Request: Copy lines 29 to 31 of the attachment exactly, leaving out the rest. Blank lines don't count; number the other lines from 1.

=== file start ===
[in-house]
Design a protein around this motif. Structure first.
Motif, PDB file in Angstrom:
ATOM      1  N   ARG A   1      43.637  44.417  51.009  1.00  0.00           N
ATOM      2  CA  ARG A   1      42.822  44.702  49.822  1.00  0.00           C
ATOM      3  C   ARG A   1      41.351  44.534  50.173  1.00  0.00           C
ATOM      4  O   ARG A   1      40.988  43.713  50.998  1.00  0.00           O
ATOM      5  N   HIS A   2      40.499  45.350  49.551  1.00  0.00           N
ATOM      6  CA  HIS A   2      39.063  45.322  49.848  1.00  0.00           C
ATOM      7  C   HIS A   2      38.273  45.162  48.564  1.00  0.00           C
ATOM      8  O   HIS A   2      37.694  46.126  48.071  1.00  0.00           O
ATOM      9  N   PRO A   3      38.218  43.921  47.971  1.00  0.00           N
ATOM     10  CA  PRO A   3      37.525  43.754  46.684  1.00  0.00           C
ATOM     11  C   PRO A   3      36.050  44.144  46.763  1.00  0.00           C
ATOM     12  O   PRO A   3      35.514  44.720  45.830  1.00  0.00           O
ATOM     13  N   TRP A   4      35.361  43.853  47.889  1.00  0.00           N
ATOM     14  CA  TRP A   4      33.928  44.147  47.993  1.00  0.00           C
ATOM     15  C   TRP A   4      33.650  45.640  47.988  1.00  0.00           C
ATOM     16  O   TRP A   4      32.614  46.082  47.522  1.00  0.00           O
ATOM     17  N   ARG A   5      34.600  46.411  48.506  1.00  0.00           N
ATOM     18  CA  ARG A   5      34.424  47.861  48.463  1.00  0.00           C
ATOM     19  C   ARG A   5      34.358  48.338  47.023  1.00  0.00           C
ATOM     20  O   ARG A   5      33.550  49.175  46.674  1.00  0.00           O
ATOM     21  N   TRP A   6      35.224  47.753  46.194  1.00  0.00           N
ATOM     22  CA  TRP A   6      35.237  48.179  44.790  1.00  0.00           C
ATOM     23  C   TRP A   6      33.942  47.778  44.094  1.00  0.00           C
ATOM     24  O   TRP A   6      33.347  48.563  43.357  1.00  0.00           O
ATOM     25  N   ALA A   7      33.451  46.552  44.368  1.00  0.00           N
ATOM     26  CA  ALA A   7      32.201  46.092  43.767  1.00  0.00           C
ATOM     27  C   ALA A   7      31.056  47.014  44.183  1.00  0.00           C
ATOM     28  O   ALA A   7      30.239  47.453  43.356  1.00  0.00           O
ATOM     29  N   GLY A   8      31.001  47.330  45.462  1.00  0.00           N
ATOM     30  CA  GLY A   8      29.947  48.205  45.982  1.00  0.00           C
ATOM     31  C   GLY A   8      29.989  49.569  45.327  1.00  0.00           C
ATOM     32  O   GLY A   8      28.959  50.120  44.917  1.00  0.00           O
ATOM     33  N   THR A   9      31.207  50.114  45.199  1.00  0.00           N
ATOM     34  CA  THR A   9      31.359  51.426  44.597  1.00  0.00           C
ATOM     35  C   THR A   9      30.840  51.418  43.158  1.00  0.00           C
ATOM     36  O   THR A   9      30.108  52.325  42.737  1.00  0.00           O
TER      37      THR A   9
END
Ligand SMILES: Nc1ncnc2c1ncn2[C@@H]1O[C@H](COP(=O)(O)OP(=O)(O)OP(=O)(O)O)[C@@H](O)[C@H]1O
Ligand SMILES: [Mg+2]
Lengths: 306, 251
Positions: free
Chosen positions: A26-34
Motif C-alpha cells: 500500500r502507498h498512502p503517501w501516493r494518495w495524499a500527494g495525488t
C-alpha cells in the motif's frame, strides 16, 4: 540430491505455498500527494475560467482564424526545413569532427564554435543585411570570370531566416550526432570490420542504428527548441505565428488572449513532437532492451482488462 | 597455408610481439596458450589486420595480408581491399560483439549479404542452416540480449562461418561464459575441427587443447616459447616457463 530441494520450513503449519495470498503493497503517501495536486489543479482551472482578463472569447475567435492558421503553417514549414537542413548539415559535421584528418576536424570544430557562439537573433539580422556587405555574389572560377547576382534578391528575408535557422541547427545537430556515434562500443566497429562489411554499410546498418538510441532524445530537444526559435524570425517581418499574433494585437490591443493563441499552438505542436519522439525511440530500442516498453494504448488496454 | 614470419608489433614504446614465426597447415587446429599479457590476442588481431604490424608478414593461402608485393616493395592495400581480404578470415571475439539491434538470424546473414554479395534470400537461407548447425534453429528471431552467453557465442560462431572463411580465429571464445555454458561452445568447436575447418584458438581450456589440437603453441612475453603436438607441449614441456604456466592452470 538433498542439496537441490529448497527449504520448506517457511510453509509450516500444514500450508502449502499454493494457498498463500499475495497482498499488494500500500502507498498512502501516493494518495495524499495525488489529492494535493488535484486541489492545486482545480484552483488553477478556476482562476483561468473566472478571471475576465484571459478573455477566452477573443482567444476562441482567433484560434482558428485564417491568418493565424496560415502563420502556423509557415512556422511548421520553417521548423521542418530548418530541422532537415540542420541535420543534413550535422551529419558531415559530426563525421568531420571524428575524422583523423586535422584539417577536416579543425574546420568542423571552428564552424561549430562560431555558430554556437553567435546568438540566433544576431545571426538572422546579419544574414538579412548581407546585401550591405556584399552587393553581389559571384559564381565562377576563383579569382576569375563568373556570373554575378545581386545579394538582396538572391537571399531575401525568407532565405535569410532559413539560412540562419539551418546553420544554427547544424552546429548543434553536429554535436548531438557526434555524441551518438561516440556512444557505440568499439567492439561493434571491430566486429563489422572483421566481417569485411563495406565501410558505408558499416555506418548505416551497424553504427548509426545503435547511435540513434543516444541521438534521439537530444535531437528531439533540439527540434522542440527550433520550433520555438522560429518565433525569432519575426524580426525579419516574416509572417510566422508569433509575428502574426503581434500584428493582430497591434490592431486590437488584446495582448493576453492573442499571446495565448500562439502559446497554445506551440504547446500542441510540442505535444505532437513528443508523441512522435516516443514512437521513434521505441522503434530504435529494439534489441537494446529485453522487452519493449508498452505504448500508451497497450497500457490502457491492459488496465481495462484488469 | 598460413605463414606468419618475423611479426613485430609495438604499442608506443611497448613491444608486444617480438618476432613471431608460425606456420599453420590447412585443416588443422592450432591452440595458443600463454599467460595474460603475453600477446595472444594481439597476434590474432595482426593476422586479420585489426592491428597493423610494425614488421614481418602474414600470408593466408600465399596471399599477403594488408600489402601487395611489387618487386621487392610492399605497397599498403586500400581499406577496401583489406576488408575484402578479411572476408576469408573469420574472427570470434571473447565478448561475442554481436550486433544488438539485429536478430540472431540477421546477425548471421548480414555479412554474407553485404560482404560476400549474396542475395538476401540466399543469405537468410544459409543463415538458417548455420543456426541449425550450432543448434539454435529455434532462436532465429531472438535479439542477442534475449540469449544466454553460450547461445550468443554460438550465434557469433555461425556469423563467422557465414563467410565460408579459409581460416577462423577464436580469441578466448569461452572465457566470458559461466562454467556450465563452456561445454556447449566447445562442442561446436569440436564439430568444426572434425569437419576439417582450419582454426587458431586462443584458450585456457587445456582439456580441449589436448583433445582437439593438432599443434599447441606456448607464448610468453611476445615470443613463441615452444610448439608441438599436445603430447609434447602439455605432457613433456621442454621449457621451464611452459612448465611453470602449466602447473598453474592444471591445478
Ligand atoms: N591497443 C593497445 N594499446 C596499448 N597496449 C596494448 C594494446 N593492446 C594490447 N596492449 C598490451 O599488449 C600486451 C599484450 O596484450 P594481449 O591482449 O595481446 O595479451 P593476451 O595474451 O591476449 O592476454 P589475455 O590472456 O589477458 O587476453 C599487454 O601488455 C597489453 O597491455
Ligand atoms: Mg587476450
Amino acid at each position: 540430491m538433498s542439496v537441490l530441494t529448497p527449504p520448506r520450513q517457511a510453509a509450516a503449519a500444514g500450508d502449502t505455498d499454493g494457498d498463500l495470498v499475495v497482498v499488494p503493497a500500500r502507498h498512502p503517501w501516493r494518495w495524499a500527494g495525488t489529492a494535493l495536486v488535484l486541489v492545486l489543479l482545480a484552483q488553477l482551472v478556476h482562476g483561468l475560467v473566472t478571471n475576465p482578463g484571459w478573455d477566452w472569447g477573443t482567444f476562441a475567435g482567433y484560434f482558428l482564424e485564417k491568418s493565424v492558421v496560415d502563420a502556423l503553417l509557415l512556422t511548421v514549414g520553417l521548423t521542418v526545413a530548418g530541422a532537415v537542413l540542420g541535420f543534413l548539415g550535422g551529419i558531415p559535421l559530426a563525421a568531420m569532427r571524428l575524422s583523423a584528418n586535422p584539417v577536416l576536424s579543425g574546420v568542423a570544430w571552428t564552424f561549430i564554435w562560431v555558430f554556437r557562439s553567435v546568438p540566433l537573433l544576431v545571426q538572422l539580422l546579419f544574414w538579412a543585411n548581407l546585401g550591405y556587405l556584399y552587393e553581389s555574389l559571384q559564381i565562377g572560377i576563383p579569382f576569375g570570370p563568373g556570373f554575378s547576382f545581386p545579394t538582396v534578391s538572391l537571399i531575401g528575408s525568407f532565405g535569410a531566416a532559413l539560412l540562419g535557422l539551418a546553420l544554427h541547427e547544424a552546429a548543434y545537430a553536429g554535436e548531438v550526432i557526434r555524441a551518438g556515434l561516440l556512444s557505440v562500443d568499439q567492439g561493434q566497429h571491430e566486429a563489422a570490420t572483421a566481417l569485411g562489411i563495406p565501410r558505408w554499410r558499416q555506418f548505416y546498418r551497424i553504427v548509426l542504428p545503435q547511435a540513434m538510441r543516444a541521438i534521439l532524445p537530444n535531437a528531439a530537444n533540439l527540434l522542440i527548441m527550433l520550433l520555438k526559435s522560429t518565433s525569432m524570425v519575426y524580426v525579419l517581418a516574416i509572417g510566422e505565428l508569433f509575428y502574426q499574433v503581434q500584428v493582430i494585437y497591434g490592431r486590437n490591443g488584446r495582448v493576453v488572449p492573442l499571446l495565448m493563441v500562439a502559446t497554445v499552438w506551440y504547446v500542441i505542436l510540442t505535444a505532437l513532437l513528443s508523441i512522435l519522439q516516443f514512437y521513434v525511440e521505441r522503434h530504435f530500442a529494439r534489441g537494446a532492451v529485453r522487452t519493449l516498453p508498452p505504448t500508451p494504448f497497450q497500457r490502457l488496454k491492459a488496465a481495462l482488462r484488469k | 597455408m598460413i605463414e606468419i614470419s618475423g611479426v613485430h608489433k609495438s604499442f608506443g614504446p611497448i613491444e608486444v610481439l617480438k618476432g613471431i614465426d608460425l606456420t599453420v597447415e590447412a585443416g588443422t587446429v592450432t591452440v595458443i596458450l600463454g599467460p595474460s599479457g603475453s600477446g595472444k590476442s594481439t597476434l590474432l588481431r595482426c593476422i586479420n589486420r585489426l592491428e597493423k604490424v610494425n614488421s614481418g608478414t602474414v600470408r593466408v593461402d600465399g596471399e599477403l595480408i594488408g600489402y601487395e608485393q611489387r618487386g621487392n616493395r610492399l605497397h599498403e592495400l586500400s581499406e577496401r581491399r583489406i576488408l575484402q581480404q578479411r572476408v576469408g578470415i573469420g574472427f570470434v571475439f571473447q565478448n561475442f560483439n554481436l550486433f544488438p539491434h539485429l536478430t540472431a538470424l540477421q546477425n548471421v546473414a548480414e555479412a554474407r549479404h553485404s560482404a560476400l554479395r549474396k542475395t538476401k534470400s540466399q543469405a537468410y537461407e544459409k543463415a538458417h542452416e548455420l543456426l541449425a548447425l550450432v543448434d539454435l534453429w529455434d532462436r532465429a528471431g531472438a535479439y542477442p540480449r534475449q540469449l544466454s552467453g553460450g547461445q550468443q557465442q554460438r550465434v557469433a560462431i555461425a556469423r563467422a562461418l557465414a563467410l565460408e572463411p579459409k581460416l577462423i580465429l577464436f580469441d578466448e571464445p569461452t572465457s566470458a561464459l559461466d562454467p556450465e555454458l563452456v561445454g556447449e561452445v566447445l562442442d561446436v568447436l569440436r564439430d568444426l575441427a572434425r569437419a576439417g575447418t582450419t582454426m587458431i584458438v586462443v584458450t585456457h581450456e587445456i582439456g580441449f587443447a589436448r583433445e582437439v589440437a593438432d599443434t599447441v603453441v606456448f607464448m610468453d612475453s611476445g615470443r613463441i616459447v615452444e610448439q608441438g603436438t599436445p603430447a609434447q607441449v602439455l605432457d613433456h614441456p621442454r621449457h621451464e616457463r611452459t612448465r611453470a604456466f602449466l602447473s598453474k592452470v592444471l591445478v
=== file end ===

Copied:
ATOM     26  CA  ALA A   7      32.201  46.092  43.767  1.00  0.00           C
ATOM     27  C   ALA A   7      31.056  47.014  44.183  1.00  0.00           C
ATOM     28  O   ALA A   7      30.239  47.453  43.356  1.00  0.00           O